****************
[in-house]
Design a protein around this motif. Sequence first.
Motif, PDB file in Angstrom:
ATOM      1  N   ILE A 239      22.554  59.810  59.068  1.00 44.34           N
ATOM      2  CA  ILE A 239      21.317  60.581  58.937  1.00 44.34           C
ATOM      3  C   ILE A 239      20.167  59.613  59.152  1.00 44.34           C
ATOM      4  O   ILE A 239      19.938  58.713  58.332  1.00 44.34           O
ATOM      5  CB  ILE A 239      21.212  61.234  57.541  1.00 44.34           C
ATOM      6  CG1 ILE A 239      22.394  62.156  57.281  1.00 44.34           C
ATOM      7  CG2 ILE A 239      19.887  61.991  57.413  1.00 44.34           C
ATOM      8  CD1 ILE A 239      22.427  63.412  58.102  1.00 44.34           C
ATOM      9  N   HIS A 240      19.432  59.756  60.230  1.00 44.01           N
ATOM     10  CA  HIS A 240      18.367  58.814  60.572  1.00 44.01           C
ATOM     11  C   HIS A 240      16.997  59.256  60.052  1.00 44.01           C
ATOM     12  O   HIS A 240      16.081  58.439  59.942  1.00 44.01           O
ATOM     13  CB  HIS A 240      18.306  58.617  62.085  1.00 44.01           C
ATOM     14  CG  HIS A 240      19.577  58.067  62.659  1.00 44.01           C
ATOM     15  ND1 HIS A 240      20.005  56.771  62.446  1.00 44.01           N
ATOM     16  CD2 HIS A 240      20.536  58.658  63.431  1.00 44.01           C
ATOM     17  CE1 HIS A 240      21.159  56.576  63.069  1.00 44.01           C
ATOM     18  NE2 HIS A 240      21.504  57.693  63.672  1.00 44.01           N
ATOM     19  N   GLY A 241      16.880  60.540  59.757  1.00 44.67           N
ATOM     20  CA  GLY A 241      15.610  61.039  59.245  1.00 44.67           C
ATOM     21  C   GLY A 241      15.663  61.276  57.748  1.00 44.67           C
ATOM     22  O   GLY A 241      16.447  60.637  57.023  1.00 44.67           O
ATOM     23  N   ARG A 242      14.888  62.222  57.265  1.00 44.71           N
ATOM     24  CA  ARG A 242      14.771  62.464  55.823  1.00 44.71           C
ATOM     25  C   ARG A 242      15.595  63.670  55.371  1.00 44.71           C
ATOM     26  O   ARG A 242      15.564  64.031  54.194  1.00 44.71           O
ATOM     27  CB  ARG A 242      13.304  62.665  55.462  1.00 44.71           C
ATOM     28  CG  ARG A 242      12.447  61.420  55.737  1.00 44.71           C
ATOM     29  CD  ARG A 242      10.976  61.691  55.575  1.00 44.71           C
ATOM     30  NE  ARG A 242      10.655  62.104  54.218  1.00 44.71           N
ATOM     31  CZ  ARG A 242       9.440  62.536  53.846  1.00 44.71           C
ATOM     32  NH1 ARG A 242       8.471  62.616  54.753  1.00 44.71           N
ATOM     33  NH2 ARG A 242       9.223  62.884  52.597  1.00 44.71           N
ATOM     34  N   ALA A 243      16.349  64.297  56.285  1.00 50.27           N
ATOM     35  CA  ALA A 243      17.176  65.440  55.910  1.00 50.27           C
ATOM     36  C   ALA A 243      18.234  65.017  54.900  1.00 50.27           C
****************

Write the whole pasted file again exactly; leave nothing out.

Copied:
[in-house]
Design a protein around this motif. Sequence first.
Motif, PDB file in Angstrom:
ATOM      1  N   ILE A 239      22.554  59.810  59.068  1.00 44.34           N
ATOM      2  CA  ILE A 239      21.317  60.581  58.937  1.00 44.34           C
ATOM      3  C   ILE A 239      20.167  59.613  59.152  1.00 44.34           C
ATOM      4  O   ILE A 239      19.938  58.713  58.332  1.00 44.34           O
ATOM      5  CB  ILE A 239      21.212  61.234  57.541  1.00 44.34           C
ATOM      6  CG1 ILE A 239      22.394  62.156  57.281  1.00 44.34           C
ATOM      7  CG2 ILE A 239      19.887  61.991  57.413  1.00 44.34           C
ATOM      8  CD1 ILE A 239      22.427  63.412  58.102  1.00 44.34           C
ATOM      9  N   HIS A 240      19.432  59.756  60.230  1.00 44.01           N
ATOM     10  CA  HIS A 240      18.367  58.814  60.572  1.00 44.01           C
ATOM     11  C   HIS A 240      16.997  59.256  60.052  1.00 44.01           C
ATOM     12  O   HIS A 240      16.081  58.439  59.942  1.00 44.01           O
ATOM     13  CB  HIS A 240      18.306  58.617  62.085  1.00 44.01           C
ATOM     14  CG  HIS A 240      19.577  58.067  62.659  1.00 44.01           C
ATOM     15  ND1 HIS A 240      20.005  56.771  62.446  1.00 44.01           N
ATOM     16  CD2 HIS A 240      20.536  58.658  63.431  1.00 44.01           C
ATOM     17  CE1 HIS A 240      21.159  56.576  63.069  1.00 44.01           C
ATOM     18  NE2 HIS A 240      21.504  57.693  63.672  1.00 44.01           N
ATOM     19  N   GLY A 241      16.880  60.540  59.757  1.00 44.67           N
ATOM     20  CA  GLY A 241      15.610  61.039  59.245  1.00 44.67           C
ATOM     21  C   GLY A 241      15.663  61.276  57.748  1.00 44.67           C
ATOM     22  O   GLY A 241      16.447  60.637  57.023  1.00 44.67           O
ATOM     23  N   ARG A 242      14.888  62.222  57.265  1.00 44.71           N
ATOM     24  CA  ARG A 242      14.771  62.464  55.823  1.00 44.71           C
ATOM     25  C   ARG A 242      15.595  63.670  55.371  1.00 44.71           C
ATOM     26  O   ARG A 242      15.564  64.031  54.194  1.00 44.71           O
ATOM     27  CB  ARG A 242      13.304  62.665  55.462  1.00 44.71           C
ATOM     28  CG  ARG A 242      12.447  61.420  55.737  1.00 44.71           C
ATOM     29  CD  ARG A 242      10.976  61.691  55.575  1.00 44.71           C
ATOM     30  NE  ARG A 242      10.655  62.104  54.218  1.00 44.71           N
ATOM     31  CZ  ARG A 242       9.440  62.536  53.846  1.00 44.71           C
ATOM     32  NH1 ARG A 242       8.471  62.616  54.753  1.00 44.71           N
ATOM     33  NH2 ARG A 242       9.223  62.884  52.597  1.00 44.71           N
ATOM     34  N   ALA A 243      16.349  64.297  56.285  1.00 50.27           N
ATOM     35  CA  ALA A 243      17.176  65.440  55.910  1.00 50.27           C
ATOM     36  C   ALA A 243      18.234  65.017  54.900  1.00 50.27           C